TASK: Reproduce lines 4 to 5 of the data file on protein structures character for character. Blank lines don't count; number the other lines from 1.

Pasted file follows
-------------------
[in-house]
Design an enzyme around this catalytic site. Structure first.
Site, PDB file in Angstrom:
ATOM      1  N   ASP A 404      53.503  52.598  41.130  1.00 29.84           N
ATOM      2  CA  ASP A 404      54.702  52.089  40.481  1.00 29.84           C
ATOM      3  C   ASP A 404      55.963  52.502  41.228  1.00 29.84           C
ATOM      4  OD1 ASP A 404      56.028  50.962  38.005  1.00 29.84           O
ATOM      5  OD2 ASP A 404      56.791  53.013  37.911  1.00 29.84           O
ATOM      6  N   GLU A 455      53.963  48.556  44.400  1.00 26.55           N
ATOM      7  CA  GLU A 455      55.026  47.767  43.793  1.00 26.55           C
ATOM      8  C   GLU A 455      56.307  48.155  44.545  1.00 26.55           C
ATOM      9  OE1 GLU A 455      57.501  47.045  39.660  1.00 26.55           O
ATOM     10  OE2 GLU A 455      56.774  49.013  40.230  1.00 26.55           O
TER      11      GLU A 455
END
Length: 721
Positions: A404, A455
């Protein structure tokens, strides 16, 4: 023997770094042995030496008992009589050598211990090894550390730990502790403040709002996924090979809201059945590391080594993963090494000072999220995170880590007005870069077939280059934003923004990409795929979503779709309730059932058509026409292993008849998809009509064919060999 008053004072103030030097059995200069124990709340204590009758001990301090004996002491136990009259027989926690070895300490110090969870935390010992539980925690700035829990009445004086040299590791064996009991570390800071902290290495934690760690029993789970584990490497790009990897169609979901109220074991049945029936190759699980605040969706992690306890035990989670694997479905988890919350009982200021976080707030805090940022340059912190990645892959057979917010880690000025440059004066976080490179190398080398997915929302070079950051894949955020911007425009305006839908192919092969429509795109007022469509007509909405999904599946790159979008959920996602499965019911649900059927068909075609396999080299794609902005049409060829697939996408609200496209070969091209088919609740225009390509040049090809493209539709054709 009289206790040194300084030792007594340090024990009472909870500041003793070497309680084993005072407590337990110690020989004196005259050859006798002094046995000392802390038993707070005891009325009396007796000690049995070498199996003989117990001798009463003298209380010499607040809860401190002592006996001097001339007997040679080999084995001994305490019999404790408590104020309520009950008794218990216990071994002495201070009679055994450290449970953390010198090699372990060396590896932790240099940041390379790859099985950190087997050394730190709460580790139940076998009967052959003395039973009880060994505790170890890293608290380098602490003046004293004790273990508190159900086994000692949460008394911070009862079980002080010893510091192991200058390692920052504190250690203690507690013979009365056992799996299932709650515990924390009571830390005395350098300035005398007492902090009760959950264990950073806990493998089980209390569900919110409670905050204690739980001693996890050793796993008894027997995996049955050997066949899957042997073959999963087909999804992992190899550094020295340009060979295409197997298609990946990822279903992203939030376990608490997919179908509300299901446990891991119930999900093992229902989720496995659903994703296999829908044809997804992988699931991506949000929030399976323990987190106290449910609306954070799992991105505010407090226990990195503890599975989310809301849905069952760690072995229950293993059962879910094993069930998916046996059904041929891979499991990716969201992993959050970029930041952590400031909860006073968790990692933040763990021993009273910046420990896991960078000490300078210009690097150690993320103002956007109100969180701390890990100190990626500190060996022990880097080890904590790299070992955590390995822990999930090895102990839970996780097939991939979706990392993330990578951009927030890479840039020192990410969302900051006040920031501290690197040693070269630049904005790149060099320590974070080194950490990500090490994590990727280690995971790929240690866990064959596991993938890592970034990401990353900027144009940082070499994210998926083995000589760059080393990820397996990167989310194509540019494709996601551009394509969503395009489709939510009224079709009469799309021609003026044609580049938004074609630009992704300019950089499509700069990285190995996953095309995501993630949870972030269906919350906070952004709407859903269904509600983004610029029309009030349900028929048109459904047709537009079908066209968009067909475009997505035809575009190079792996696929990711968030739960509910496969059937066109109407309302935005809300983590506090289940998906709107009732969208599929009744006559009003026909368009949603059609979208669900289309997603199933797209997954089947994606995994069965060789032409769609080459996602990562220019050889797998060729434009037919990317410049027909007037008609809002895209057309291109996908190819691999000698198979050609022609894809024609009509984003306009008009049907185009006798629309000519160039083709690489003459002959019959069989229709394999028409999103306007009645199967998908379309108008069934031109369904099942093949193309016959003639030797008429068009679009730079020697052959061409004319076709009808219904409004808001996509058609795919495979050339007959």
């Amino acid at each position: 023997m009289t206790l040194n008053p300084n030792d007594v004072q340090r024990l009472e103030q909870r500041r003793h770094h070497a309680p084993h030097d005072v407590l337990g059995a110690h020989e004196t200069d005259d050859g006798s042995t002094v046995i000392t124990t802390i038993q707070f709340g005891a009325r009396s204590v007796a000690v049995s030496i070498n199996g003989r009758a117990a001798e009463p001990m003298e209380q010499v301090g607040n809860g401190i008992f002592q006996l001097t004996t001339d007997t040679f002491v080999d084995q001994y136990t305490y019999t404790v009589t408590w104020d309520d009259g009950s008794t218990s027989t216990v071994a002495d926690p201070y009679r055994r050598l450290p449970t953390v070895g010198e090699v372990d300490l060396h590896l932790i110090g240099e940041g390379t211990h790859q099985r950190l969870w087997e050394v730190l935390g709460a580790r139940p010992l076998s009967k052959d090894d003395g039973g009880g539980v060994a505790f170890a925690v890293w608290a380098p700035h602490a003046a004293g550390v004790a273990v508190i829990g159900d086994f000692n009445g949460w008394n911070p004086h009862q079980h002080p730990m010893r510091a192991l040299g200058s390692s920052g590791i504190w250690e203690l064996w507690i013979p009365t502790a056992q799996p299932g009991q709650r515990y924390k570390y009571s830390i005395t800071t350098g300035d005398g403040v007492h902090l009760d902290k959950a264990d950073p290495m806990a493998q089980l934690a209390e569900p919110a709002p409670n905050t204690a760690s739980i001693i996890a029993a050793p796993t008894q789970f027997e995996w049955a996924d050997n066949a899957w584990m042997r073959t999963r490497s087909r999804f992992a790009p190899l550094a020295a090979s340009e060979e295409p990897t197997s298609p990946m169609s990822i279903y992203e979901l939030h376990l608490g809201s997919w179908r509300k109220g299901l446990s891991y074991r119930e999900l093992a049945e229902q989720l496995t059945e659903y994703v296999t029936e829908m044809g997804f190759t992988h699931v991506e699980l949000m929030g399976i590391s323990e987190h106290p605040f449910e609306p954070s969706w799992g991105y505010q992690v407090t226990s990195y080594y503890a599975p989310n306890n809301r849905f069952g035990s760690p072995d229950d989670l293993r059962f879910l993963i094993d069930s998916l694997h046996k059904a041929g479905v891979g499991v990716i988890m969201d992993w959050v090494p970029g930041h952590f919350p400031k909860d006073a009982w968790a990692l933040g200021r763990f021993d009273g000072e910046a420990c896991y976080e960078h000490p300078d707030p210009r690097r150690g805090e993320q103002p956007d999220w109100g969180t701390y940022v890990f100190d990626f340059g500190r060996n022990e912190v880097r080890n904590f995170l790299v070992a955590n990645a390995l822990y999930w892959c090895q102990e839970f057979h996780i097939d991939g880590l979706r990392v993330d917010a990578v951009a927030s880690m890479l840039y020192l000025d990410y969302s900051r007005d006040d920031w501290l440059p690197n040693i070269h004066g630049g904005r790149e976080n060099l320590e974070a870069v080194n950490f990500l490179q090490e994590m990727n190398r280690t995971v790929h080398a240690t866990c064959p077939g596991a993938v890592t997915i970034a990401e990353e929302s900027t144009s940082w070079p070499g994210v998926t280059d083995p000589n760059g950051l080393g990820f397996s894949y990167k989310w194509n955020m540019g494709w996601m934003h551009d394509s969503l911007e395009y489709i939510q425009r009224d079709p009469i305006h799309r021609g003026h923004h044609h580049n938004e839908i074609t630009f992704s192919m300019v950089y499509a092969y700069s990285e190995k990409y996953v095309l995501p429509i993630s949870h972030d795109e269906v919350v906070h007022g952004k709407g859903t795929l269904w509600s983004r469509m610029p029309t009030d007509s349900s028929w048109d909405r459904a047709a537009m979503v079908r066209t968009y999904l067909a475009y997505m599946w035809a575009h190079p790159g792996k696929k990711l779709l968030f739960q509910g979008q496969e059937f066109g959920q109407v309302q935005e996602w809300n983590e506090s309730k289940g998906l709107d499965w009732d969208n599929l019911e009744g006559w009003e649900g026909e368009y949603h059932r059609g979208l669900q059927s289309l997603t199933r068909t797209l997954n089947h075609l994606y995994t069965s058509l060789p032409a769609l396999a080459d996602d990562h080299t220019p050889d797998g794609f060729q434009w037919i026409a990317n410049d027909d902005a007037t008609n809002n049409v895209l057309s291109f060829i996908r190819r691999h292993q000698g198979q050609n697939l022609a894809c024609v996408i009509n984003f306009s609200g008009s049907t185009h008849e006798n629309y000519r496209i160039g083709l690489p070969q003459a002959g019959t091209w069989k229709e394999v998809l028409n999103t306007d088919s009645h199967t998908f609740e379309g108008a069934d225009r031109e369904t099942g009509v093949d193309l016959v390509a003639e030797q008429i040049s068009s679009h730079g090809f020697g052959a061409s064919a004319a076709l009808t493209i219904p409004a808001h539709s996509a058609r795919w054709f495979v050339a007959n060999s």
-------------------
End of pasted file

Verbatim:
ATOM      1  N   ASP A 404      53.503  52.598  41.130  1.00 29.84           N
ATOM      2  CA  ASP A 404      54.702  52.089  40.481  1.00 29.84           C